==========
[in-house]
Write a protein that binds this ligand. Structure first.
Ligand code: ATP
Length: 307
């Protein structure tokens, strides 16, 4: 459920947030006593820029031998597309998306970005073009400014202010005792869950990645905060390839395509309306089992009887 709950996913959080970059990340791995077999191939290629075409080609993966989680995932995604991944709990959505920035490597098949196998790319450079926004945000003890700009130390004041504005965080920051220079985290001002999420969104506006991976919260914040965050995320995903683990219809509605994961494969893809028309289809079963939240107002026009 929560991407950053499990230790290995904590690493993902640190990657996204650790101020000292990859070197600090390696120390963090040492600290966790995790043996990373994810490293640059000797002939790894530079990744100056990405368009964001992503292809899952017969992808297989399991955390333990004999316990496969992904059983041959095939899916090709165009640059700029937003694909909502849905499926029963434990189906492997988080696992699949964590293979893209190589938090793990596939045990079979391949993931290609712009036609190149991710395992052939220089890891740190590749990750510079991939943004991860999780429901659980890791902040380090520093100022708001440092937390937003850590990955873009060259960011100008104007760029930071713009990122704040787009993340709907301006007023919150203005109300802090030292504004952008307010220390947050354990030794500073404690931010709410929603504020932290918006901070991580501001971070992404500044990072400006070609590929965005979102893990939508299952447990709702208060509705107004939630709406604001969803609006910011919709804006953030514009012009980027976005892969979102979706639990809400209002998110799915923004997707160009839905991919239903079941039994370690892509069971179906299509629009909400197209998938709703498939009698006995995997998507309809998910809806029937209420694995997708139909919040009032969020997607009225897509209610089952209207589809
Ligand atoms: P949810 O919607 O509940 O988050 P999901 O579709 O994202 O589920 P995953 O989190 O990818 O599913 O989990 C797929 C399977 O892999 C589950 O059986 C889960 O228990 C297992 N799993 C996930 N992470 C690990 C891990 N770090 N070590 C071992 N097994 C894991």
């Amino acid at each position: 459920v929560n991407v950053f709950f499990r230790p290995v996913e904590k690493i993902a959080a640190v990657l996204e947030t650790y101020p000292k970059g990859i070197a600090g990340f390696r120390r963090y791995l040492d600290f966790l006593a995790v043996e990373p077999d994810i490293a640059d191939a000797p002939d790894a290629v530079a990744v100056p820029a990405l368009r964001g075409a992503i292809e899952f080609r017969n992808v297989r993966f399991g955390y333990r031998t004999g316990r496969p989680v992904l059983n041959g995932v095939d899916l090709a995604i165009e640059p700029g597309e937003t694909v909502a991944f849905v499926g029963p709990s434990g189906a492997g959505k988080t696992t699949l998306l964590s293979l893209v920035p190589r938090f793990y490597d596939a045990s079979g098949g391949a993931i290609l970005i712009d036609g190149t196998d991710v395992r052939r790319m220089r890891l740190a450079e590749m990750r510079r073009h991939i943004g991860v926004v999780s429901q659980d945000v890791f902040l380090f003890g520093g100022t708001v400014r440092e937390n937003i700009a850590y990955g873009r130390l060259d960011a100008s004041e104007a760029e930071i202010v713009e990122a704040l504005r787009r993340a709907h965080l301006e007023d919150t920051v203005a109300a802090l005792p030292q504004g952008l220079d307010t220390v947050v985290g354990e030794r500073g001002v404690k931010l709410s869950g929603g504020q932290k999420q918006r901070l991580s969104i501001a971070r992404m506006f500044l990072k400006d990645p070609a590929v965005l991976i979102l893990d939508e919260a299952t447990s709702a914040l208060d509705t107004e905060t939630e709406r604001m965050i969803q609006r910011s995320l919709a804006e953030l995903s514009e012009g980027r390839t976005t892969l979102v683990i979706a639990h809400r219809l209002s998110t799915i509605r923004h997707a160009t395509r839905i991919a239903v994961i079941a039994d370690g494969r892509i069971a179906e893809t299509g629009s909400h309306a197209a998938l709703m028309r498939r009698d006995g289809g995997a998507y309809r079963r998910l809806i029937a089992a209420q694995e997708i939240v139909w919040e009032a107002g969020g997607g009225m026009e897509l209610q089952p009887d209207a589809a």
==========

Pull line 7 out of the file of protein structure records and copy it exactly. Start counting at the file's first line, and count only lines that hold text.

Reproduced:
């Amino acid at each position: 459920v929560n991407v950053f709950f499990r230790p290995v996913e904590k690493i993902a959080a640190v990657l996204e947030t650790y101020p000292k970059g990859i070197a600090g990340f390696r120390r963090y791995l040492d600290f966790l006593a995790v043996e990373p077999d994810i490293a640059d191939a000797p002939d790894a290629v530079a990744v100056p820029a990405l368009r964001g075409a992503i292809e899952f080609r017969n992808v297989r993966f399991g955390y333990r031998t004999g316990r496969p989680v992904l059983n041959g995932v095939d899916l090709a995604i165009e640059p700029g597309e937003t694909v909502a991944f849905v499926g029963p709990s434990g189906a492997g959505k988080t696992t699949l998306l964590s293979l893209v920035p190589r938090f793990y490597d596939a045990s079979g098949g391949a993931i290609l970005i712009d036609g190149t196998d991710v395992r052939r790319m220089r890891l740190a450079e590749m990750r510079r073009h991939i943004g991860v926004v999780s429901q659980d945000v890791f902040l380090f003890g520093g100022t708001v400014r440092e937390n937003i700009a850590y990955g873009r130390l060259d960011a100008s004041e104007a760029e930071i202010v713009e990122a704040l504005r787009r993340a709907h965080l301006e007023d919150t920051v203005a109300a802090l005792p030292q504004g952008l220079d307010t220390v947050v985290g354990e030794r500073g001002v404690k931010l709410s869950g929603g504020q932290k999420q918006r901070l991580s969104i501001a971070r992404m506006f500044l990072k400006d990645p070609a590929v965005l991976i979102l893990d939508e919260a299952t447990s709702a914040l208060d509705t107004e905060t939630e709406r604001m965050i969803q609006r910011s995320l919709a804006e953030l995903s514009e012009g980027r390839t976005t892969l979102v683990i979706a639990h809400r219809l209002s998110t799915i509605r923004h997707a160009t395509r839905i991919a239903v994961i079941a039994d370690g494969r892509i069971a179906e893809t299509g629009s909400h309306a197209a998938l709703m028309r498939r009698d006995g289809g995997a998507y309809r079963r998910l809806i029937a089992a209420q694995e997708i939240v139909w919040e009032a107002g969020g997607g009225m026009e897509l209610q089952p009887d209207a589809a």